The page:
Who could have imagined Rosalía Vila Tobella’s extraordinary artistic career? This young girl from Catalonia, who had been dancing and making music from a very young age, experienced something life-changing when, one day at the age of 13, she was leaving her school in the small town of Sant Esteve Sesrovires and her friends made her listen to the vivid voice of Camarón de la Isla. Rosalía, struck by the emotional intensity of this discovery, decided to devote herself, body and soul, to learning flamenco. She never looked back. For seven years she perfected this ancestral Andalusian art, which she considers to be "the most honest and visceral music" she knows, with her mentor José Miguel Vizcaya, better known as Chiqui de la Línea, before entering the prestigious Escuela Superior de Música de Catalunya in Barcelona.
For almost ten years and throughout her training, Rosalía performed in various tablaos in the city – places reserved for flamenco performances – where she began to make a name for herself. It was at the end of one of these performances, and through a mutual friend, that Rosalía met the Barcelona guitarist Raül Refree. Impressed by the emotion emanating from her performance and curious to find out more, Refree began a two-year collaboration with the singer. This would culminate in her debut album in 2017, the heartbreaking Los Ángeles. Playing “De Plata”, I understand the feeling her sidekick must have had upon hearing it for the first time. A tumult of emotions in their rawest state, where passions and sorrows vie for attention. It really moved me. In this work, which casts light and shade on the close links between life and death, Raül Refree’s unorthodox guitar playing serves to highlight Rosalía’s vocal eruptions. Her silences shock you, her laments explode with a bang, and the emotion sweeps away everything in her path. Her personal and contemporary vision of flamenco seduced Spain and the country longed for more.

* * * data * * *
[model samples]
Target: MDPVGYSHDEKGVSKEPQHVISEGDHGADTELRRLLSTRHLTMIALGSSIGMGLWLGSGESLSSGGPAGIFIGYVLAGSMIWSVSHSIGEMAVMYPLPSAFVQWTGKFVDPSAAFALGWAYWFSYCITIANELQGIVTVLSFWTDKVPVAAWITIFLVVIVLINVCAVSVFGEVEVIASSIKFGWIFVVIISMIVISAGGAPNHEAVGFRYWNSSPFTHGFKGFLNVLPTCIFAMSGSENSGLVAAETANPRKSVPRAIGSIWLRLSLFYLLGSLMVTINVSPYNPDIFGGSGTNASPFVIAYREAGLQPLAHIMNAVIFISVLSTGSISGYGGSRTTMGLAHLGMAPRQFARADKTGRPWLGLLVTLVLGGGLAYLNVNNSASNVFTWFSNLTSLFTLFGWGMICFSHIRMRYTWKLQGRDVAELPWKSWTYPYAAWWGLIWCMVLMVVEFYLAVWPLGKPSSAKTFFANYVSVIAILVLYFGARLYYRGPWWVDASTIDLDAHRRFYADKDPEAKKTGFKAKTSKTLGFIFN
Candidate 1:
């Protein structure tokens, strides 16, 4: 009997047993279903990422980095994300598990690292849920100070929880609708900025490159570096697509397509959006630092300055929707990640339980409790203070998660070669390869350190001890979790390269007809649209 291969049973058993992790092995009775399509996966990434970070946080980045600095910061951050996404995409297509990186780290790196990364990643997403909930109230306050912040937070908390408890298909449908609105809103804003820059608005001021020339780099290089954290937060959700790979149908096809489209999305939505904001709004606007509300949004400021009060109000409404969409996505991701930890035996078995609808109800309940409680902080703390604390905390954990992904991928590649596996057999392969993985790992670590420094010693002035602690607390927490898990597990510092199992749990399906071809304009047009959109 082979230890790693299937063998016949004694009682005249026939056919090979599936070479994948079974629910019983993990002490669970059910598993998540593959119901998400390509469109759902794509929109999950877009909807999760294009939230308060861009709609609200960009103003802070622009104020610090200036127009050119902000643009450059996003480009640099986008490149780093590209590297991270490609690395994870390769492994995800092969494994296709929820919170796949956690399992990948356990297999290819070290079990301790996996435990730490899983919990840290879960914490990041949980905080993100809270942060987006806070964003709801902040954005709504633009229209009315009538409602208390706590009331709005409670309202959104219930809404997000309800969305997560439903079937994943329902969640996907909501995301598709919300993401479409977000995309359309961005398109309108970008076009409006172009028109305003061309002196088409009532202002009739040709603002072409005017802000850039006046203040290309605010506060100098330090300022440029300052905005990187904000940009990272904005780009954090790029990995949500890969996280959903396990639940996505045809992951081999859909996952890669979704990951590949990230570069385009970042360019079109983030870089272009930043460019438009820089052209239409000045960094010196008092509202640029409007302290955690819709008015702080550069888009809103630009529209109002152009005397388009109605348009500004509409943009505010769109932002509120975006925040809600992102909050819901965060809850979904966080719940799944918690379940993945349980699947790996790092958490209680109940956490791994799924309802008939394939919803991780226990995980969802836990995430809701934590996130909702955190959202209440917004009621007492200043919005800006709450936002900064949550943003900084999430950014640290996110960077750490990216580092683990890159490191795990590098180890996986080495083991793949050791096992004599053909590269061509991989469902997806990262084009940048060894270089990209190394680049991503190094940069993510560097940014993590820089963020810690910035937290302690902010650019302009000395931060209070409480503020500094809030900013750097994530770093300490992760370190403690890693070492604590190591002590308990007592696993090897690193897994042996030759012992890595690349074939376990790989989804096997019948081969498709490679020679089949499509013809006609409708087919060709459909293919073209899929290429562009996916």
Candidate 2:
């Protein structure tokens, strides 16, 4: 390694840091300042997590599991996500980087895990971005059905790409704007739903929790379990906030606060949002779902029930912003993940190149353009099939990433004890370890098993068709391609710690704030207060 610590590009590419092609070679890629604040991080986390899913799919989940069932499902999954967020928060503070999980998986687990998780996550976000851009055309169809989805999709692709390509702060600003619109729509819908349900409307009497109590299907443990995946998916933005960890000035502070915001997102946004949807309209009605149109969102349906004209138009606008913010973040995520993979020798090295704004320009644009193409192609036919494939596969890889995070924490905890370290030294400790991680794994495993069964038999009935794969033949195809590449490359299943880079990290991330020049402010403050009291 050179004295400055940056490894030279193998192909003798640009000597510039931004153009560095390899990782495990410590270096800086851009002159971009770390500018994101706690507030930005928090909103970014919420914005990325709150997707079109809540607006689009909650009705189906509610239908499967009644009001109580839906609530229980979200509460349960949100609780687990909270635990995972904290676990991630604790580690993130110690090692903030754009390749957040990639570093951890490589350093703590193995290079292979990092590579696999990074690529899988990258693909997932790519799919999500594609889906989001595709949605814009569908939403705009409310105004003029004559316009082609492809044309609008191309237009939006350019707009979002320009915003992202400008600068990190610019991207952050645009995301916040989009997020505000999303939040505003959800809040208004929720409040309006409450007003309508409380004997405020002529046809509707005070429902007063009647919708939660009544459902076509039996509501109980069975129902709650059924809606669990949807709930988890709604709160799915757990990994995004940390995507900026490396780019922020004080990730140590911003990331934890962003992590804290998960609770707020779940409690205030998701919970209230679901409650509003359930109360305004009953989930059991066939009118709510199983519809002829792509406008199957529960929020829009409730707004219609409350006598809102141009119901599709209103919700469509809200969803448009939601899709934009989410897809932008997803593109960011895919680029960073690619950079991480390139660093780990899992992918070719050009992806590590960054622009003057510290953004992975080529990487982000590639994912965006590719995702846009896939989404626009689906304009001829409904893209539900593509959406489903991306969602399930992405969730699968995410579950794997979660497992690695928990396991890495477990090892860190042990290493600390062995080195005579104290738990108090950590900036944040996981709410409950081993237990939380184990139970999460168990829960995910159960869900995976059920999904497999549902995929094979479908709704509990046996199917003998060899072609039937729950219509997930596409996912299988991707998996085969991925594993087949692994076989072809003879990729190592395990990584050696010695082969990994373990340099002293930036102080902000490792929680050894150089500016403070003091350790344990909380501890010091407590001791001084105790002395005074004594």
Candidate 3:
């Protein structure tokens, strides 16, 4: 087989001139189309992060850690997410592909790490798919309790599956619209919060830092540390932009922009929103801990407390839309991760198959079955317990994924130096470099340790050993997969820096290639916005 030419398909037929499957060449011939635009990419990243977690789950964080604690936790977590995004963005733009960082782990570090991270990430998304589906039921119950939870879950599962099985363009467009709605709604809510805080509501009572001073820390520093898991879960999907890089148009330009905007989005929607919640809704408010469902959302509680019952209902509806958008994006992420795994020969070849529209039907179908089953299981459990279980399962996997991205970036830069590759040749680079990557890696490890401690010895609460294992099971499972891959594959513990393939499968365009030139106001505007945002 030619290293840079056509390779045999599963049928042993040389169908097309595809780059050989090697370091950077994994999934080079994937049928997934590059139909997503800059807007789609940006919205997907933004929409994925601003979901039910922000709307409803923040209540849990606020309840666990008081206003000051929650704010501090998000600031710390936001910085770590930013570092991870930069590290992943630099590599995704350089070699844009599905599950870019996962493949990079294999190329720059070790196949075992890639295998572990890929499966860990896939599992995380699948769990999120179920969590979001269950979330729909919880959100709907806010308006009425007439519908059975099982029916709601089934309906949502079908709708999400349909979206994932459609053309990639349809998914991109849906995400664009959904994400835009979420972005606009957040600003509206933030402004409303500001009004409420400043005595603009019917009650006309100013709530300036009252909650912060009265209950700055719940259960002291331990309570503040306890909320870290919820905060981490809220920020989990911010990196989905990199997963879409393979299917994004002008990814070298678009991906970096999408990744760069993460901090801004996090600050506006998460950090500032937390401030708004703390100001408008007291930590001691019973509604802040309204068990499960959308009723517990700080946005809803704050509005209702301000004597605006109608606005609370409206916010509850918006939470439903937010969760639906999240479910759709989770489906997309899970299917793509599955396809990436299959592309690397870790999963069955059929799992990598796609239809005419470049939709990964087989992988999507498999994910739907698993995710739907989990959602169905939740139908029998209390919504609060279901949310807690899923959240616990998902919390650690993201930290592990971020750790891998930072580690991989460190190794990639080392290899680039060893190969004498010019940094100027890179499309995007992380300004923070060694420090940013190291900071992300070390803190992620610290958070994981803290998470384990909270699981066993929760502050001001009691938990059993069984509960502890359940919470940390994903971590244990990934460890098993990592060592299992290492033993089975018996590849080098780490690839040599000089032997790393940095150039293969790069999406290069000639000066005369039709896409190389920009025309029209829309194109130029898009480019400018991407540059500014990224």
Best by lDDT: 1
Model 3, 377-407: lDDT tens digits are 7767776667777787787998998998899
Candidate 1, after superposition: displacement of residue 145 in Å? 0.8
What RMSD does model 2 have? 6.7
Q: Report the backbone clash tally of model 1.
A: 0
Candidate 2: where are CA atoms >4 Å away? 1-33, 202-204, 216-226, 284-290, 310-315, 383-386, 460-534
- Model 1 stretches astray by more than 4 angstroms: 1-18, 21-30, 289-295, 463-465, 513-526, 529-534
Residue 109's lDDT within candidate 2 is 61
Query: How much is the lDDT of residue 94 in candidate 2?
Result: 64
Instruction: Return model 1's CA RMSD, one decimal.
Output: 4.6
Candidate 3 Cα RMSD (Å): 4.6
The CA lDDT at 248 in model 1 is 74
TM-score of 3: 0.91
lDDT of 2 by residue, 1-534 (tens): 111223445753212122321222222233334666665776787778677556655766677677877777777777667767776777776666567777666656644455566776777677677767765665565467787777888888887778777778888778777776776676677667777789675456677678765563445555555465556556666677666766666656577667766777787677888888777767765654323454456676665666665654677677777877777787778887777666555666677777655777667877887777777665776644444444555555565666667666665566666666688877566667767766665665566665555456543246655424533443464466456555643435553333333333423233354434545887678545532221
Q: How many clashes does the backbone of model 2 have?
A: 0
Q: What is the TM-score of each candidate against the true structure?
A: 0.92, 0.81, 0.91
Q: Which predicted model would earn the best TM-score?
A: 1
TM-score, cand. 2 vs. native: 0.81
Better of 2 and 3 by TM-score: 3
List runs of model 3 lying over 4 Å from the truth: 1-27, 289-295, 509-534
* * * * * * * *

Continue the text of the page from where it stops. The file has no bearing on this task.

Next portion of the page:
On 29th May 2018, Rosalía entered a new era that would propel her into the firmament of international pop music when she released the flamboyant video for her first hit, “Malamente”. Millions of views later this incredible anthem, which manages to reconcile the fundamentals of flamenco with the sound textures of trap and RnB, heralded the monumental boom that was to be her second album, El Mal Querer, released in November of the same year. Creating a magical duo by teaming up with the already renowned producer El Guincho to produce this wildly ambitious album, the fiery Catalan singer embraced star status without sacrificing her desire to experiment, and at the same time inspired the wrath of the guardians of the temples of tradition by knocking the dust off flamenco. Every since this absolute masterstroke – and despite the naysayers – Rosalía has been moving forward alongside Pablo Díaz-Reixa alias El Guincho. Whether it’s collaborating with Latin superstars J Balvin, Ozuna and Bad Bunny to deliver some of the best reggaeton hits of recent years, or putting herself in rapper’s shoes by teaming up with Travis Scott and Lil Baby, she’s stuck to her guns and never given up, no matter the challenge. And let’s not forget to mention her almost demented stage presence, which stunned me during her monumental tour for El Mal Querer – a very balanced work but with an added dash of soul that just makes the whole thing really enjoyable. Thanks to all this, in record time Rosalía has become one of the most fascinating and elusive artists we’ve ever seen on the mainstream pop scene. And the woman now known as La Rosalía knows full well that the legends are still being written about her.